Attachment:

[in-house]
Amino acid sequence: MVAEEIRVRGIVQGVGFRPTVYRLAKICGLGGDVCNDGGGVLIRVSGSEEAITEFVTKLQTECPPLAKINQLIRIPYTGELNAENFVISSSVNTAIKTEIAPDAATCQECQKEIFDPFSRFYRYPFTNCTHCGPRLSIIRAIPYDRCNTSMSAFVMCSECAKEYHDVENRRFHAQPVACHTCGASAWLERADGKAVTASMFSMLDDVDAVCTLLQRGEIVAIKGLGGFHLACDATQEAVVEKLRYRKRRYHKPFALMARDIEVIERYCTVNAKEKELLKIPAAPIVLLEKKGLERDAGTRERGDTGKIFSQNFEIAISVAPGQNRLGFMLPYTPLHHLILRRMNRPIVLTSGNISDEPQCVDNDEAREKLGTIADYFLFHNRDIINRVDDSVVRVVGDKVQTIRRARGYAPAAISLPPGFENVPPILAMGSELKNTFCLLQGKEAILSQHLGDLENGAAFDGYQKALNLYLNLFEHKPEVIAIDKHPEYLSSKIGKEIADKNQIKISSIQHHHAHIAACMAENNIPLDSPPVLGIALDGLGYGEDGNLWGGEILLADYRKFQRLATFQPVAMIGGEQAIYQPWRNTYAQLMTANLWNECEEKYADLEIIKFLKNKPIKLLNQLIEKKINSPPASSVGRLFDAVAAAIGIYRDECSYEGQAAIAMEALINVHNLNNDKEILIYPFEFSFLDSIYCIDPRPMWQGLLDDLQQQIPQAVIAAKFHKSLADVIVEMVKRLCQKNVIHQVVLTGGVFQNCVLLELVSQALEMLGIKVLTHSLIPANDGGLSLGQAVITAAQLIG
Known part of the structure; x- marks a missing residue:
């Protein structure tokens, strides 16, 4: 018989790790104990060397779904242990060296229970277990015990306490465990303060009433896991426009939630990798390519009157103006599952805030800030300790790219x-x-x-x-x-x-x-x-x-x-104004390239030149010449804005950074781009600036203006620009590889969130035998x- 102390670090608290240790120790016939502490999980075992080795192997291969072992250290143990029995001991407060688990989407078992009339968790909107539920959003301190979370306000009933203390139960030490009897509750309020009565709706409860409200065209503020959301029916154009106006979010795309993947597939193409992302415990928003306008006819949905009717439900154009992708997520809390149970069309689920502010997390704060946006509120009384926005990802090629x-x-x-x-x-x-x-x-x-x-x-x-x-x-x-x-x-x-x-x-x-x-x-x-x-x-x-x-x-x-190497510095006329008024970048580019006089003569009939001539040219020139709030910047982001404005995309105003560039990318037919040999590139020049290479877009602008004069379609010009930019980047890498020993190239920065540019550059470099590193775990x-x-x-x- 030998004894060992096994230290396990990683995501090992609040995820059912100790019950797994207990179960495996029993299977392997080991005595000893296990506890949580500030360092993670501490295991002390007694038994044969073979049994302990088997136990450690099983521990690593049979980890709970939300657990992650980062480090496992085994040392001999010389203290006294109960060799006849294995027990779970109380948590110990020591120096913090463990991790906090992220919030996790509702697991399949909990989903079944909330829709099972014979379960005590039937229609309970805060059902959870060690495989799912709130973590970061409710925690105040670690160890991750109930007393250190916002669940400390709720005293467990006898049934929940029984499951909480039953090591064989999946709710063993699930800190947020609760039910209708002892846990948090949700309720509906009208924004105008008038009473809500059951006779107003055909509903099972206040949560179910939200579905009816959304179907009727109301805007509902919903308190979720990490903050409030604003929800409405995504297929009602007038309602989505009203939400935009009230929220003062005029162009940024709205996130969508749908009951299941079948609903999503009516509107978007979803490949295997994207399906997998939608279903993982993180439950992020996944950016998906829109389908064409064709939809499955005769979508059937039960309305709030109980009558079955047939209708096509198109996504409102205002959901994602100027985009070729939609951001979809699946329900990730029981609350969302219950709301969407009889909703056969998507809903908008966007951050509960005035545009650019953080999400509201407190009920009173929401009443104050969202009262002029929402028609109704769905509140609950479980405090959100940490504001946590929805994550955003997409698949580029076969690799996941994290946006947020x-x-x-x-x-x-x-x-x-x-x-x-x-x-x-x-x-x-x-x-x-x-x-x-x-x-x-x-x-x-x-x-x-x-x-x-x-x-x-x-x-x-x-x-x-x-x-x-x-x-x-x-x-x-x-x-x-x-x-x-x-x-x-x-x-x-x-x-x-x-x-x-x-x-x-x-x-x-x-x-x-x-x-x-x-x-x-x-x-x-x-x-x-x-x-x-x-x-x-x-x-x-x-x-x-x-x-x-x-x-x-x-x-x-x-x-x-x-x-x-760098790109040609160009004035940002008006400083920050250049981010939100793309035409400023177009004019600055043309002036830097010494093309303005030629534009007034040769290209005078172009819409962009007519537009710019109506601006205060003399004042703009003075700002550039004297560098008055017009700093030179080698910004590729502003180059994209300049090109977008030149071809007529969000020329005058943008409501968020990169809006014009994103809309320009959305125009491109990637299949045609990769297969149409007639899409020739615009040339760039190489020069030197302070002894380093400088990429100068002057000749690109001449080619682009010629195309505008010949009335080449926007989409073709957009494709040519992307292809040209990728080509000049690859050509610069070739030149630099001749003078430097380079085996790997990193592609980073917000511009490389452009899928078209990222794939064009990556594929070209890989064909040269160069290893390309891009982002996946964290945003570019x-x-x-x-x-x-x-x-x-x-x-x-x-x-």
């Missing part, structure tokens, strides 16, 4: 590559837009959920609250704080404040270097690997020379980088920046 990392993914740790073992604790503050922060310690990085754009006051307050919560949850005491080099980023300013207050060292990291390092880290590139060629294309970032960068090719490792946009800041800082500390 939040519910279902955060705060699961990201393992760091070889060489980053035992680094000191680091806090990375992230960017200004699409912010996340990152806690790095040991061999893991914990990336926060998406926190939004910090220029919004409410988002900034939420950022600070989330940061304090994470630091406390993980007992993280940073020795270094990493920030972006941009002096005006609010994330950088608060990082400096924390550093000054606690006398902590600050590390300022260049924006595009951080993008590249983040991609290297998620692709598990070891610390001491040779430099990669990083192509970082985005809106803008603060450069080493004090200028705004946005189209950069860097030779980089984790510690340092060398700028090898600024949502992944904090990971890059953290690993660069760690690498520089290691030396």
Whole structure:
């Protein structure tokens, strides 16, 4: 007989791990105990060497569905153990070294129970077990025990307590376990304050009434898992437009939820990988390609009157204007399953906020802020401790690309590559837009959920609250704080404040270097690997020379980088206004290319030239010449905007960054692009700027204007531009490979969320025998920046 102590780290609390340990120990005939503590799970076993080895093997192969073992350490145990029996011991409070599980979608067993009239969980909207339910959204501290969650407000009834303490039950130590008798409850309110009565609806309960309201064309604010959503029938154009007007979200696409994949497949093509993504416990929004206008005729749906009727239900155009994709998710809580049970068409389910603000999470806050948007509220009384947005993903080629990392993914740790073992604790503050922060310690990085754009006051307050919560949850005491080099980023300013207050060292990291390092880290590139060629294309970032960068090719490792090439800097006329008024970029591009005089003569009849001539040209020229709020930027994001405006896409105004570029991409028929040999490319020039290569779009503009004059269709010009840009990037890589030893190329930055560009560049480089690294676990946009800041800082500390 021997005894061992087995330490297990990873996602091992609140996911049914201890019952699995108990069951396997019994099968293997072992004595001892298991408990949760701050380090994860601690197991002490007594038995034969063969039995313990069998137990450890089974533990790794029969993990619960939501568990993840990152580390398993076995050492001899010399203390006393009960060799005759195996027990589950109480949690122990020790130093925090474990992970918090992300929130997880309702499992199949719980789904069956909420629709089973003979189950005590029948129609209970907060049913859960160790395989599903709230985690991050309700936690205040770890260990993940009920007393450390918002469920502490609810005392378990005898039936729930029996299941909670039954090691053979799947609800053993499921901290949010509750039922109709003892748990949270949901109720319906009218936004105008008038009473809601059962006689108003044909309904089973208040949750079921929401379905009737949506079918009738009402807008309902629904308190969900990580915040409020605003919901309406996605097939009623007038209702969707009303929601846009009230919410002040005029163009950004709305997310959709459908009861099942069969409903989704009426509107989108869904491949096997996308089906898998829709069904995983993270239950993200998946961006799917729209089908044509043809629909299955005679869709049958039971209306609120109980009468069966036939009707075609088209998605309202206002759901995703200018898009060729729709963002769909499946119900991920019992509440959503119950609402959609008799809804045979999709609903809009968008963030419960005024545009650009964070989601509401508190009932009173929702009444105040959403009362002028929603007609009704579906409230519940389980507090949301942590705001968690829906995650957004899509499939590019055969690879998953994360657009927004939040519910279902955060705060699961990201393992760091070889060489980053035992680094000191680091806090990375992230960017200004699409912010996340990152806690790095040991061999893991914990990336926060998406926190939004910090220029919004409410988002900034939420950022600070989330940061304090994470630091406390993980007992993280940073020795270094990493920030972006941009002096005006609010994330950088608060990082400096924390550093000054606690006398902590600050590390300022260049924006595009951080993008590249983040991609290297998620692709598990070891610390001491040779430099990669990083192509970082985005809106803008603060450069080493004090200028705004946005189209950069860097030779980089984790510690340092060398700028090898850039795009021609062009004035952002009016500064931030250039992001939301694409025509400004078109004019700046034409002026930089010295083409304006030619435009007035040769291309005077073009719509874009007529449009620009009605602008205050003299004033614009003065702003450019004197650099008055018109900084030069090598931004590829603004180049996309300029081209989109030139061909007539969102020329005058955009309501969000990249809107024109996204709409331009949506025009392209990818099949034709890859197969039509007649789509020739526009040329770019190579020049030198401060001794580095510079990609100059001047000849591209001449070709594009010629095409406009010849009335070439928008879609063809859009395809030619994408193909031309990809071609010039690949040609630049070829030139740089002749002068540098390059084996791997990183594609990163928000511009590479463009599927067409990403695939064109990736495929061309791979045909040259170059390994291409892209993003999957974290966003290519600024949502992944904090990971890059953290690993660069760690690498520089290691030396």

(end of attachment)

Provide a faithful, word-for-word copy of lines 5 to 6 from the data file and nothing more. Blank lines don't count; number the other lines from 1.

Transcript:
């Missing part, structure tokens, strides 16, 4: 590559837009959920609250704080404040270097690997020379980088920046 990392993914740790073992604790503050922060310690990085754009006051307050919560949850005491080099980023300013207050060292990291390092880290590139060629294309970032960068090719490792946009800041800082500390 939040519910279902955060705060699961990201393992760091070889060489980053035992680094000191680091806090990375992230960017200004699409912010996340990152806690790095040991061999893991914990990336926060998406926190939004910090220029919004409410988002900034939420950022600070989330940061304090994470630091406390993980007992993280940073020795270094990493920030972006941009002096005006609010994330950088608060990082400096924390550093000054606690006398902590600050590390300022260049924006595009951080993008590249983040991609290297998620692709598990070891610390001491040779430099990669990083192509970082985005809106803008603060450069080493004090200028705004946005189209950069860097030779980089984790510690340092060398700028090898600024949502992944904090990971890059953290690993660069760690690498520089290691030396």
Whole structure: